• Cheap Grace rejects cost.
Cheap Grace points to Calvary and claims that all had been accomplished there. Cheap Grace ignores the man who said, “All who would follow me must take up their own cross daily.” Cheap Grace demands no personal cost, no change, no death, no discipline, and so gains no gift, no new creation, no life, no restoration.

• Judgment has no escape.
Once judged, there is no exit. The sentence is irrevocable, the differences irreconcilable, the community ununitable.
• Mercy offers an out—repentance.
The one who has harmed another—and so has defied the law—has an opportunity to be brought back under the law. To repent, to reconcile is the extent that Mercy demands, and will seek any way to achieve that goal.
• Cheap Grace is unconditional forgiveness.
It is spiritual bloodletting—seeking to heal the patient, while ignorantly killing him. Cheap Grace sees no need to gather in, to restore, for there was no separation.

• Judgment demands payment from the lawbreaker.
As the law suffered, so must the criminal. As society was harmed, so must the harmer. Judgment claims the lost deserve nothing, and so gives nothing.
• Mercy sacrifices.
Restoration also has a price, and the merciful takes that price on oneself. Mercy pays whatever the cost so the sinner can be restored. Mercy groans in prayer, endures attacks, forgives debts against it, pays debts against others, sacrifices its comfort, its family, its friendships, its resources, its very life—all for the sake of the lost.
• Cheap Grace gleefully ignores cost.
It is the thief, stealing from God’s honor. Cheap Grace receives no payment, demands nothing, gives nothing, since there is no debt incurred. Cheap Grace celebrates at the foot of grace delivered, but ignores the call of grace transferred to others. Cheap Grace requires nothing and so gains nothing.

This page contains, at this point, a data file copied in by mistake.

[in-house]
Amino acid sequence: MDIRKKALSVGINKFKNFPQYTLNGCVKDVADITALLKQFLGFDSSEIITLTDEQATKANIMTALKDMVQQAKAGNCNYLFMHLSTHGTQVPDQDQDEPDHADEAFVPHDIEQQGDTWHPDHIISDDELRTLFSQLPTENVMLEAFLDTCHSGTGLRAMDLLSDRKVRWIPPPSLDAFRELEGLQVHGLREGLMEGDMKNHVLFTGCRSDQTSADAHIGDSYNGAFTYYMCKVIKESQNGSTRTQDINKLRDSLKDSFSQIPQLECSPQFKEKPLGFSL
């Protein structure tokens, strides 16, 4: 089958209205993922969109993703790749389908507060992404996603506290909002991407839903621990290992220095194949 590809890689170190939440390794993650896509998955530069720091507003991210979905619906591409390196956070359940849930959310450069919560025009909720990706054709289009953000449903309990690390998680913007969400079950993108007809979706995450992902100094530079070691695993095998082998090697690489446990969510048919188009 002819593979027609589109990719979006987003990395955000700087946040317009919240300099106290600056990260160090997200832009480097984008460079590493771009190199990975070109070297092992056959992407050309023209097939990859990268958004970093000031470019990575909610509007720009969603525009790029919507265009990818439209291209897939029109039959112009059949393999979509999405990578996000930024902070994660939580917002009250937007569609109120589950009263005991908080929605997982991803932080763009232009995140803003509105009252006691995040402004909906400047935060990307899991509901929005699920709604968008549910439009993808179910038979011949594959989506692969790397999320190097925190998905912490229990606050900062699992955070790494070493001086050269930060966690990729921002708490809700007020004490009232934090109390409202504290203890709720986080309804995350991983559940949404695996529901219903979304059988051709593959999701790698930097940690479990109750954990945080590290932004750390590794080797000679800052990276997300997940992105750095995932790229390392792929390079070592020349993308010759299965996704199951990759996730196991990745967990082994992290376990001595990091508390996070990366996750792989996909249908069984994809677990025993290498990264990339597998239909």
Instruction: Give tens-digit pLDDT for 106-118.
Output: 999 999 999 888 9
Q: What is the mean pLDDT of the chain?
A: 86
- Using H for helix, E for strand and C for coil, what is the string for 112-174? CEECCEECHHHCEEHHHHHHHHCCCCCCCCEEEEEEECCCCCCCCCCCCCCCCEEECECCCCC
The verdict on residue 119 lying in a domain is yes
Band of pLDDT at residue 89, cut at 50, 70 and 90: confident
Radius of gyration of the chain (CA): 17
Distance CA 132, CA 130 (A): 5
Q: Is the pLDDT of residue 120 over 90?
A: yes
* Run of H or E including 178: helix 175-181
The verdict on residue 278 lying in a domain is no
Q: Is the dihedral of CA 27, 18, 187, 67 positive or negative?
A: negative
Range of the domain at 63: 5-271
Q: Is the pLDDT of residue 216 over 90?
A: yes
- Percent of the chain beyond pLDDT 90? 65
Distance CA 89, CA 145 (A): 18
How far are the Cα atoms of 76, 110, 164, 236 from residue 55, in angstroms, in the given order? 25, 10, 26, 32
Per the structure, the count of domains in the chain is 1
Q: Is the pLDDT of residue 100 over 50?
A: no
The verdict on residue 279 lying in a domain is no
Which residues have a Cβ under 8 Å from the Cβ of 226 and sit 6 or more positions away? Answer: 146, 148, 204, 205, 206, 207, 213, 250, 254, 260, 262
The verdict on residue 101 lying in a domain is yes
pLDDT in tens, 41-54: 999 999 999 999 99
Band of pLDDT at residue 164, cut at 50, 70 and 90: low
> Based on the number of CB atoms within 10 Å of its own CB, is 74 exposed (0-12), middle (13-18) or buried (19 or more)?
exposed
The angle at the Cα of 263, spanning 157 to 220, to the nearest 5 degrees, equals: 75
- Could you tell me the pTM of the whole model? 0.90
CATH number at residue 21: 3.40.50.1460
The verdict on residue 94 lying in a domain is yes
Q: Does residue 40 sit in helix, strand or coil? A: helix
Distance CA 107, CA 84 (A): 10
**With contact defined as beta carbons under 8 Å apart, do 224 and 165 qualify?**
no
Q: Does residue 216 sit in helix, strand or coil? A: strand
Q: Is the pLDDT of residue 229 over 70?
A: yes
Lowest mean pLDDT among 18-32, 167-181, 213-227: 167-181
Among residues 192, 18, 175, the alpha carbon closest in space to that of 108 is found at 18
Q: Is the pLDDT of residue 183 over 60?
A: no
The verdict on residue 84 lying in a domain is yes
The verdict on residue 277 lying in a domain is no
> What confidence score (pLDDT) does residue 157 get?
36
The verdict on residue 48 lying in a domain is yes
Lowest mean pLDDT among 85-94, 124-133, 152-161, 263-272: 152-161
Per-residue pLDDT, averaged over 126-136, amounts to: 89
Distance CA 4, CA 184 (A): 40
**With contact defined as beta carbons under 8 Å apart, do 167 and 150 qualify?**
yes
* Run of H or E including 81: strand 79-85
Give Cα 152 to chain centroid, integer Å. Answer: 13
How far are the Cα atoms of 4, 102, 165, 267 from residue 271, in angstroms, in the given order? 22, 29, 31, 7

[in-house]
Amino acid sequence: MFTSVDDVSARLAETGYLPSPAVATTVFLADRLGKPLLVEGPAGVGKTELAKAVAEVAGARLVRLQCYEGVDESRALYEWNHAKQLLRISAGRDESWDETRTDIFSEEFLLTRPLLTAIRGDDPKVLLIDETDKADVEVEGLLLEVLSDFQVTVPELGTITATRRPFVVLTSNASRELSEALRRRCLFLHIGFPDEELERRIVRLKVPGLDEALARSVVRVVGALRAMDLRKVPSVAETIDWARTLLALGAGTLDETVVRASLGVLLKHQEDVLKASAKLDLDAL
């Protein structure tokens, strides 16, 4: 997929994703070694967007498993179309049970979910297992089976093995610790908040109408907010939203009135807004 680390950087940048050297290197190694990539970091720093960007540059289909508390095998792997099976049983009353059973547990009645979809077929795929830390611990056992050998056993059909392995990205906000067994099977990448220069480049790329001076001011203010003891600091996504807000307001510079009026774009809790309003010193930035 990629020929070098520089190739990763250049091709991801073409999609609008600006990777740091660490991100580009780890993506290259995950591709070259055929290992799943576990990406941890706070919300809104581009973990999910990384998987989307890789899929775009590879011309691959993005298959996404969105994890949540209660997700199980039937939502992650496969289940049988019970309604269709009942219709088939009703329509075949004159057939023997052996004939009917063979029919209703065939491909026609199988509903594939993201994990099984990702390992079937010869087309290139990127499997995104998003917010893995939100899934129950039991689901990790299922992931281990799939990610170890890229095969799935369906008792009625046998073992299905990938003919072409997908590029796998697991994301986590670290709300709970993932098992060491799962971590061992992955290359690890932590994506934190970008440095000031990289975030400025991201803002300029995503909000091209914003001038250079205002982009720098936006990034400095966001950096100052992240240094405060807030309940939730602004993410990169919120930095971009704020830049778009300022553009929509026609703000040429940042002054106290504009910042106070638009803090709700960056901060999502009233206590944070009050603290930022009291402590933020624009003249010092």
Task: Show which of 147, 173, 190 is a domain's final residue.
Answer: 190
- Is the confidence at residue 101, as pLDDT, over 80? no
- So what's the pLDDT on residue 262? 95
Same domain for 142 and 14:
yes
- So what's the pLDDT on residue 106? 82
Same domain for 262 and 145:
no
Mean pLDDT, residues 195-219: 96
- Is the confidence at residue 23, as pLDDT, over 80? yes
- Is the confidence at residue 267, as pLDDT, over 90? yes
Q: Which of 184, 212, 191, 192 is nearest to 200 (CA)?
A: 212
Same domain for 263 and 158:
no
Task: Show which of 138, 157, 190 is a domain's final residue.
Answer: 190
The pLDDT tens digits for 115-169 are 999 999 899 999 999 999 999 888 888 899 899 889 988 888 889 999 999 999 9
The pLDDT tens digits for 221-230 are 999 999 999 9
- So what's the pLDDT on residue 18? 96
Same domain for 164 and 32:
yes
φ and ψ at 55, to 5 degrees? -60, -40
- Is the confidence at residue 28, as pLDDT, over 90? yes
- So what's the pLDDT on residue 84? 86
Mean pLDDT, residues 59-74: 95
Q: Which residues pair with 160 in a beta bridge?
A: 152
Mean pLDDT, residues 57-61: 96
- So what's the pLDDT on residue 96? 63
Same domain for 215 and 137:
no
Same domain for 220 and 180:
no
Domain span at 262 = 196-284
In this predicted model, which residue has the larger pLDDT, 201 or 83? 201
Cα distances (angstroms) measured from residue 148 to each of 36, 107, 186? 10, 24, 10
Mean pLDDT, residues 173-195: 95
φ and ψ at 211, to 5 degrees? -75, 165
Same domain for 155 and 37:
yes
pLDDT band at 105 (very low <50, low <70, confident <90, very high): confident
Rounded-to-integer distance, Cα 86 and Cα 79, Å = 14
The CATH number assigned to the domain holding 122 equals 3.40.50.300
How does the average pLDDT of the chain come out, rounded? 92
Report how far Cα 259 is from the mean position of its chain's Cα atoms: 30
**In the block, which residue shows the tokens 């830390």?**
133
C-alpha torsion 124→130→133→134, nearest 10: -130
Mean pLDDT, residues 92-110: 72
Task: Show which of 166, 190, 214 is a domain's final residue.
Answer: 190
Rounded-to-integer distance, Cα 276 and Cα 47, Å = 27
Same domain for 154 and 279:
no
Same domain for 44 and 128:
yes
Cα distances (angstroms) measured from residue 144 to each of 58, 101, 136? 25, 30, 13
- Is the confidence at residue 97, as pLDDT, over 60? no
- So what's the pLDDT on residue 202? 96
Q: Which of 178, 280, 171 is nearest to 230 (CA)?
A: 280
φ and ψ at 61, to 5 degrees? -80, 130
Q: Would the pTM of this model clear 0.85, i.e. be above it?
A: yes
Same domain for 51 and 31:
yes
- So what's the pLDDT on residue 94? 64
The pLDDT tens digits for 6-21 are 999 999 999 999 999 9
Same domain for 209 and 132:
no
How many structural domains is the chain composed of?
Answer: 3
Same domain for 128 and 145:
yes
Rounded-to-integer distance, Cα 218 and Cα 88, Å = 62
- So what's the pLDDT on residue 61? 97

• Judgment never forgets.
It is the elephant of virtues. It never trusts, never believes, never forgives, never restores. Judgment says “Once a sinner, always a sinner.”
• Mercy gives the benefit of the doubt.
Mercy does not forget, but allows complete restoration, a rebuilding of trust. Mercy believes in new creation, a new life, which has nothing to do with the old.
• Cheap Grace always trusts, even the hypocrite.
It always believes, even the liar. It always forgives, even the unrepentant. It accepts everyone and everything—except God’s truth.

• Judgment is Satan.
Judgment is the accuser of the brethren, the murderer of humanity for the sake of a bloodless law. It is the prosecutor seeking the death penalty.
• Mercy is Jesus.
It is the self-sacrificer, the reconciler to God, the perfect sacrifice. Mercy is the one who said, “Go and sin no more,” “The one whom the Son sets free is free indeed,” “I have come to seek and save the lost,” “Unless you repent you will likewise perish,” “I have not come to call the righteous but the sinners to repentance,” “Be merciful as your Father is merciful.”
• Cheap Grace is the Flesh.
It is self-seeking, self-upholding, self-deceptive. Ultimately, it upholds what is abhorrent to God as the will of God. They practice sin and gives approval to those who practice it.

• Judgment is a liar.
It claims that God does not forgive, sees the sin and not the sinner. It denies the power of God to change the one in Jesus. It is lost, for it has forsaken the mercy of Jesus. Those in the power of Judgment will die by God’s hand—“Judge and you will be judged.”
• Cheap Grace is a liar.
It claims that God’s standard is flexible, and so non-existent. It loves the lost to such a degree that it cannot be separated from the lost. It causes the lost to remain lost, and so dead. Those in the power of Cheap Grace will die by God’s hand—“Whoever does not obey the Son will not see life.”